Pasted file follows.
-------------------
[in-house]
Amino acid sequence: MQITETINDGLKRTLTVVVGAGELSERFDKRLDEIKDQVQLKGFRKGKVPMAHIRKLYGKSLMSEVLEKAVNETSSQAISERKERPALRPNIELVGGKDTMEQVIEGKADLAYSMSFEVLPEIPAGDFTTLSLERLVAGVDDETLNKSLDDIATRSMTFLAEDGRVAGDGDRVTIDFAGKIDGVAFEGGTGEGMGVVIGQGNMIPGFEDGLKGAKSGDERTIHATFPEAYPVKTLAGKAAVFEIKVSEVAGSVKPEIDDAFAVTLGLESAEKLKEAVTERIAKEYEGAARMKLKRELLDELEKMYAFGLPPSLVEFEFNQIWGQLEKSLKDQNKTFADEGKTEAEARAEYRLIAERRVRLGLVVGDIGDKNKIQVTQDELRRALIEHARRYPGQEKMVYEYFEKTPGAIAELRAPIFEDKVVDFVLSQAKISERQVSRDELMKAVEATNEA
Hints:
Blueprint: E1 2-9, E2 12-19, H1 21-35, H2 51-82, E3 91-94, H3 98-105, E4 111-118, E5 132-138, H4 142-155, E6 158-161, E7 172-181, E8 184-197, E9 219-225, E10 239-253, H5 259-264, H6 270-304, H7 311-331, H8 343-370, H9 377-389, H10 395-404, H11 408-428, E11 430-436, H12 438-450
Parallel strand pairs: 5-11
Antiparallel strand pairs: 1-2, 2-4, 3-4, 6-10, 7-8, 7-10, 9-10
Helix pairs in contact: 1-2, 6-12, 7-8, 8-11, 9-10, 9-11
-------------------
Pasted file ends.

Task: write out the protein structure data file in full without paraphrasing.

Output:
[in-house]
Amino acid sequence: MQITETINDGLKRTLTVVVGAGELSERFDKRLDEIKDQVQLKGFRKGKVPMAHIRKLYGKSLMSEVLEKAVNETSSQAISERKERPALRPNIELVGGKDTMEQVIEGKADLAYSMSFEVLPEIPAGDFTTLSLERLVAGVDDETLNKSLDDIATRSMTFLAEDGRVAGDGDRVTIDFAGKIDGVAFEGGTGEGMGVVIGQGNMIPGFEDGLKGAKSGDERTIHATFPEAYPVKTLAGKAAVFEIKVSEVAGSVKPEIDDAFAVTLGLESAEKLKEAVTERIAKEYEGAARMKLKRELLDELEKMYAFGLPPSLVEFEFNQIWGQLEKSLKDQNKTFADEGKTEAEARAEYRLIAERRVRLGLVVGDIGDKNKIQVTQDELRRALIEHARRYPGQEKMVYEYFEKTPGAIAELRAPIFEDKVVDFVLSQAKISERQVSRDELMKAVEATNEA
Hints:
Blueprint: E1 2-9, E2 12-19, H1 21-35, H2 51-82, E3 91-94, H3 98-105, E4 111-118, E5 132-138, H4 142-155, E6 158-161, E7 172-181, E8 184-197, E9 219-225, E10 239-253, H5 259-264, H6 270-304, H7 311-331, H8 343-370, H9 377-389, H10 395-404, H11 408-428, E11 430-436, H12 438-450
Parallel strand pairs: 5-11
Antiparallel strand pairs: 1-2, 2-4, 3-4, 6-10, 7-8, 7-10, 9-10
Helix pairs in contact: 1-2, 6-12, 7-8, 8-11, 9-10, 9-11